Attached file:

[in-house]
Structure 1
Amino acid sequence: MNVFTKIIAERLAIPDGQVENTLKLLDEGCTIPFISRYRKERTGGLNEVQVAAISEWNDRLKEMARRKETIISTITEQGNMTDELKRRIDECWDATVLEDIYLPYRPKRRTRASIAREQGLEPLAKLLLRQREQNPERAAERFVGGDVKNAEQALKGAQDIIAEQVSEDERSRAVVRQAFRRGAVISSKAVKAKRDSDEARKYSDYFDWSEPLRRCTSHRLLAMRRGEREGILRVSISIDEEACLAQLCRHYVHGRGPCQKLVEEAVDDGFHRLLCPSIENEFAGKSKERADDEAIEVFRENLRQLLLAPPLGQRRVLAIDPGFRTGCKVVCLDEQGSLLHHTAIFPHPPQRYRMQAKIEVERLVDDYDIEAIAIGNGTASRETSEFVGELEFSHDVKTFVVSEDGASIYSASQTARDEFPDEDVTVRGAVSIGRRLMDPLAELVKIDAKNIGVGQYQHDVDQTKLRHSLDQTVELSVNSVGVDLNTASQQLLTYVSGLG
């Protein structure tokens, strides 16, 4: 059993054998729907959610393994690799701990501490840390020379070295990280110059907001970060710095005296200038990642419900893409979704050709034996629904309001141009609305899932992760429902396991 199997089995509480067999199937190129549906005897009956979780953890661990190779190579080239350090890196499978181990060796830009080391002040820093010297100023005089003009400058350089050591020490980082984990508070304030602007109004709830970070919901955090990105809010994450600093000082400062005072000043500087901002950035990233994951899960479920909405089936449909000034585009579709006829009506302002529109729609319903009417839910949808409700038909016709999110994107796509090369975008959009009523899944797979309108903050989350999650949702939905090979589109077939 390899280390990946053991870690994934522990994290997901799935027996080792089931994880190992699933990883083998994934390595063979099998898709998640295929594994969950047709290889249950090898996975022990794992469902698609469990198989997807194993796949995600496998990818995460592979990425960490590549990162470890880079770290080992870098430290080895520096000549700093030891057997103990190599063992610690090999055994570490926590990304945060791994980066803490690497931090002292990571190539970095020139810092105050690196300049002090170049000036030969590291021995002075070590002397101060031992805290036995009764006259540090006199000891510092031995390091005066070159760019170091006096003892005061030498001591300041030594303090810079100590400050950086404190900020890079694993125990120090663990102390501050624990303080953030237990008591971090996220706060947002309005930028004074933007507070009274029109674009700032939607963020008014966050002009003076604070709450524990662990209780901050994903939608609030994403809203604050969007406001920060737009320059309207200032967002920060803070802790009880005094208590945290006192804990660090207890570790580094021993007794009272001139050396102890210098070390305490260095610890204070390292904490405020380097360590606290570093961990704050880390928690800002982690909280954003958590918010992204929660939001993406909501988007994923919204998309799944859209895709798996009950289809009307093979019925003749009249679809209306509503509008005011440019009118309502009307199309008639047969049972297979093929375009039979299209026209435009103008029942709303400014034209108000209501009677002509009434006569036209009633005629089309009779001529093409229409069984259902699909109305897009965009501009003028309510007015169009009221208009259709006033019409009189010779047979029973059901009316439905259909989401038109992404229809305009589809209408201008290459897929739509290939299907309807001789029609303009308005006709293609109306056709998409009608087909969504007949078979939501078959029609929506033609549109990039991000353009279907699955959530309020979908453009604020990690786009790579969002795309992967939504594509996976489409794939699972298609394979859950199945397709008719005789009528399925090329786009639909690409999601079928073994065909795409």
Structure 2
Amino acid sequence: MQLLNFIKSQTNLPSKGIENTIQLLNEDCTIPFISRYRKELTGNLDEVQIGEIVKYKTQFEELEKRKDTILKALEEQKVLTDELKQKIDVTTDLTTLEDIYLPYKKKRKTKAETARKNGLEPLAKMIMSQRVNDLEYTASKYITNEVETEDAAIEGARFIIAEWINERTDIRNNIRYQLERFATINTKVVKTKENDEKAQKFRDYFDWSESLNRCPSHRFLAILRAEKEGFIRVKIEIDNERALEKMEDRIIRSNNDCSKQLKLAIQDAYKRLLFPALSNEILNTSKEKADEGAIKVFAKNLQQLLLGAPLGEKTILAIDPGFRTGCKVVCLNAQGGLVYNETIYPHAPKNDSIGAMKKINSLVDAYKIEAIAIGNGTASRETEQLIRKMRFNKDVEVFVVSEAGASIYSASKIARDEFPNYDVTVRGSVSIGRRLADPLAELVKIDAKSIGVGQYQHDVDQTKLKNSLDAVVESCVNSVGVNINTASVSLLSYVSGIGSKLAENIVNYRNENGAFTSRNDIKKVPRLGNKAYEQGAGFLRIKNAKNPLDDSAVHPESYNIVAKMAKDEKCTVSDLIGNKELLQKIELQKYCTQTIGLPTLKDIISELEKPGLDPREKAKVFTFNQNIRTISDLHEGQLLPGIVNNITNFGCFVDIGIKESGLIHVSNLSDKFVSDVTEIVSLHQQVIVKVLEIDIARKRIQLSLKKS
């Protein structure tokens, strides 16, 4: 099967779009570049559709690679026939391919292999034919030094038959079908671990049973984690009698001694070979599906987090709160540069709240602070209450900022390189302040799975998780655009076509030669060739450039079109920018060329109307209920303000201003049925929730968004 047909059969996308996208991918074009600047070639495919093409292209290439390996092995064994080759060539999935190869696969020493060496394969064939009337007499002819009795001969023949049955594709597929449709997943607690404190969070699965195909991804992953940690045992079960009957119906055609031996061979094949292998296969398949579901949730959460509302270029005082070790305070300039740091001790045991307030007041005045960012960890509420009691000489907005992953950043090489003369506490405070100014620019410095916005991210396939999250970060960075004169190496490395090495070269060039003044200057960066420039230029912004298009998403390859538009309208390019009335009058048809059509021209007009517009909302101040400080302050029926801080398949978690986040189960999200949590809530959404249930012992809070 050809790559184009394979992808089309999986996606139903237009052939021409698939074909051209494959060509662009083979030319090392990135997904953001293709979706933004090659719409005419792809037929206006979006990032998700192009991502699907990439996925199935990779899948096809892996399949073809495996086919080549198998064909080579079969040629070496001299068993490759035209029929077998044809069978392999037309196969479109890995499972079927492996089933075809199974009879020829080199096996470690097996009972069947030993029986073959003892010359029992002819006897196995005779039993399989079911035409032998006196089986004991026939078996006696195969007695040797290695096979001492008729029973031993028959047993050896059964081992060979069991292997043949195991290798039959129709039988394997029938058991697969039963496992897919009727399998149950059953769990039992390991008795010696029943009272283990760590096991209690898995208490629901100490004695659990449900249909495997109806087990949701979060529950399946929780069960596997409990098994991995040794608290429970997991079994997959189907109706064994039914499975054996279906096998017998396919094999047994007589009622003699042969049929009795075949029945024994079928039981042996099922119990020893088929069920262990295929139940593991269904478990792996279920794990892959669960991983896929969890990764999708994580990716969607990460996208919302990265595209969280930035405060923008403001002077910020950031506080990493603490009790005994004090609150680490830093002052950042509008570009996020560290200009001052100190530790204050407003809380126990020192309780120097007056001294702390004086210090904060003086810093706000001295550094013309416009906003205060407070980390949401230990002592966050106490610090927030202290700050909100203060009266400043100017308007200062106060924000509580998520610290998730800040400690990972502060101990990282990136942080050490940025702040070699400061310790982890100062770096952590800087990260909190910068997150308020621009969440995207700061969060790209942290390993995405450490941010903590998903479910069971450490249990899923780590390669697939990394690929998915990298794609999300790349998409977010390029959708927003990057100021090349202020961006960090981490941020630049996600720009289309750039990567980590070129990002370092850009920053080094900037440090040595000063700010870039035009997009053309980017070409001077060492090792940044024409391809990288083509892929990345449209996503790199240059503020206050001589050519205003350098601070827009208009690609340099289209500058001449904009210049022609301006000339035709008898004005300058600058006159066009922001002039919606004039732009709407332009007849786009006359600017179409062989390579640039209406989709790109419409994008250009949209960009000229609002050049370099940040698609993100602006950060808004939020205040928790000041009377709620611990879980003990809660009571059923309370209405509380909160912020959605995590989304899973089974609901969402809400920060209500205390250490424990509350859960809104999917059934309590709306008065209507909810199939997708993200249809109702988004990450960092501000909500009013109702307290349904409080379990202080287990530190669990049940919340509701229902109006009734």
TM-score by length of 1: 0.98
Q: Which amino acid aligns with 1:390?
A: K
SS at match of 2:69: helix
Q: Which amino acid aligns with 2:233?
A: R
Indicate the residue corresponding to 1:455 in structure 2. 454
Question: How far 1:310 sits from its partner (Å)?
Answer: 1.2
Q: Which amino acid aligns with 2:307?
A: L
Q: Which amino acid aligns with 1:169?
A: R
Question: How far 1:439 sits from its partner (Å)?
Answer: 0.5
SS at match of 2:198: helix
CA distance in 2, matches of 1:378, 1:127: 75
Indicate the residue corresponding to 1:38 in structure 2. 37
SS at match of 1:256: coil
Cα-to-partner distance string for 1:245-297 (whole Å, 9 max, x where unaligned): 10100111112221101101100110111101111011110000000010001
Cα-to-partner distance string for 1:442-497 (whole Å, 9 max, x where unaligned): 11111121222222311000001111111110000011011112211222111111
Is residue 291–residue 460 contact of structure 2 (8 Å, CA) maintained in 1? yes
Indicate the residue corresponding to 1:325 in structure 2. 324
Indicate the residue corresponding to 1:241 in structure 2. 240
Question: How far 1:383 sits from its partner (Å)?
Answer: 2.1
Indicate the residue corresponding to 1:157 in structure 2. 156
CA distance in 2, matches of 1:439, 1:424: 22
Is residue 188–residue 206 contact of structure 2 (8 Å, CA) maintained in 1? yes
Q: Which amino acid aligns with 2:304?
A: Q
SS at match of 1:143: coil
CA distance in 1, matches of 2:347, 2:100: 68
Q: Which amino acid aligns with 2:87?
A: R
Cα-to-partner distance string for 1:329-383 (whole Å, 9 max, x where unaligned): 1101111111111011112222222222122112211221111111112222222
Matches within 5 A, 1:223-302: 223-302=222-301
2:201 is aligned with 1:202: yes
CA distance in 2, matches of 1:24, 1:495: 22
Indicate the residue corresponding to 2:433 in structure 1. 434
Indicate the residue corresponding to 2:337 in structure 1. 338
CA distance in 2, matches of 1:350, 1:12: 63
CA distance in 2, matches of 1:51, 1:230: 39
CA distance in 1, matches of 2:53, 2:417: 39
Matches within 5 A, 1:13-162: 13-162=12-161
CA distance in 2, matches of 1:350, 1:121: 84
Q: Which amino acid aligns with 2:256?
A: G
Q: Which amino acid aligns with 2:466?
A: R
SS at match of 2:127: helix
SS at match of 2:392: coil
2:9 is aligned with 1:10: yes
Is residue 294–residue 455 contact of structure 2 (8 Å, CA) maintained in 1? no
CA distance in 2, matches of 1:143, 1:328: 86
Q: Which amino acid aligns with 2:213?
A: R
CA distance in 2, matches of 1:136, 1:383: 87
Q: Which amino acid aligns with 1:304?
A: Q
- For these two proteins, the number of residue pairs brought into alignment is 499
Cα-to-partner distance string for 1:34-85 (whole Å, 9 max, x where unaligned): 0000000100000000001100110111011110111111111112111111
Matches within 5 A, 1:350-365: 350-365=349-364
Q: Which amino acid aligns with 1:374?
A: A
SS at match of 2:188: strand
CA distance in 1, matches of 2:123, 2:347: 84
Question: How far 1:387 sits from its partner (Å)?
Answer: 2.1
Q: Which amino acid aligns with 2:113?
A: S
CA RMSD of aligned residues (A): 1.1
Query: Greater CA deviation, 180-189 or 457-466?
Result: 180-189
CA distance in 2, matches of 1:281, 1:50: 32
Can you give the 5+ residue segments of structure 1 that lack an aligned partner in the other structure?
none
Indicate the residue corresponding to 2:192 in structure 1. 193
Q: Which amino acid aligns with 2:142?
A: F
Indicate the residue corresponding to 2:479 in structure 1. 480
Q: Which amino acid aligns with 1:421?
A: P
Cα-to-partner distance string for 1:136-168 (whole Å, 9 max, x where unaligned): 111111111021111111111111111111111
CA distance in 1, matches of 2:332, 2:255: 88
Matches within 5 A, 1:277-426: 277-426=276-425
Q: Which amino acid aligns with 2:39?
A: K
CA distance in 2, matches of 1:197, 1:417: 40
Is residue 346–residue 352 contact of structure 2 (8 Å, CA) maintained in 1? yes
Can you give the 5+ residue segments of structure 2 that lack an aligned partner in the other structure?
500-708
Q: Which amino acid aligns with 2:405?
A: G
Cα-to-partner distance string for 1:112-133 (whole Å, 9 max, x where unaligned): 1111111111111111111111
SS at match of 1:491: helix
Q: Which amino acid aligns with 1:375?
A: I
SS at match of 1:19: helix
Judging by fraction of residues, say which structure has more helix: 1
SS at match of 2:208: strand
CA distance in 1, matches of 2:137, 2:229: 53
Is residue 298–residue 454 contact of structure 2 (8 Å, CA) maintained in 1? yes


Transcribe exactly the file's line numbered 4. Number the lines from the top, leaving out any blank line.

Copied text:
């Protein structure tokens, strides 16, 4: 059993054998729907959610393994690799701990501490840390020379070295990280110059907001970060710095005296200038990642419900893409979704050709034996629904309001141009609305899932992760429902396991 199997089995509480067999199937190129549906005897009956979780953890661990190779190579080239350090890196499978181990060796830009080391002040820093010297100023005089003009400058350089050591020490980082984990508070304030602007109004709830970070919901955090990105809010994450600093000082400062005072000043500087901002950035990233994951899960479920909405089936449909000034585009579709006829009506302002529109729609319903009417839910949808409700038909016709999110994107796509090369975008959009009523899944797979309108903050989350999650949702939905090979589109077939 390899280390990946053991870690994934522990994290997901799935027996080792089931994880190992699933990883083998994934390595063979099998898709998640295929594994969950047709290889249950090898996975022990794992469902698609469990198989997807194993796949995600496998990818995460592979990425960490590549990162470890880079770290080992870098430290080895520096000549700093030891057997103990190599063992610690090999055994570490926590990304945060791994980066803490690497931090002292990571190539970095020139810092105050690196300049002090170049000036030969590291021995002075070590002397101060031992805290036995009764006259540090006199000891510092031995390091005066070159760019170091006096003892005061030498001591300041030594303090810079100590400050950086404190900020890079694993125990120090663990102390501050624990303080953030237990008591971090996220706060947002309005930028004074933007507070009274029109674009700032939607963020008014966050002009003076604070709450524990662990209780901050994903939608609030994403809203604050969007406001920060737009320059309207200032967002920060803070802790009880005094208590945290006192804990660090207890570790580094021993007794009272001139050396102890210098070390305490260095610890204070390292904490405020380097360590606290570093961990704050880390928690800002982690909280954003958590918010992204929660939001993406909501988007994923919204998309799944859209895709798996009950289809009307093979019925003749009249679809209306509503509008005011440019009118309502009307199309008639047969049972297979093929375009039979299209026209435009103008029942709303400014034209108000209501009677002509009434006569036209009633005629089309009779001529093409229409069984259902699909109305897009965009501009003028309510007015169009009221208009259709006033019409009189010779047979029973059901009316439905259909989401038109992404229809305009589809209408201008290459897929739509290939299907309807001789029609303009308005006709293609109306056709998409009608087909969504007949078979939501078959029609929506033609549109990039991000353009279907699955959530309020979908453009604020990690786009790579969002795309992967939504594509996976489409794939699972298609394979859950199945397709008719005789009528399925090329786009639909690409999601079928073994065909795409």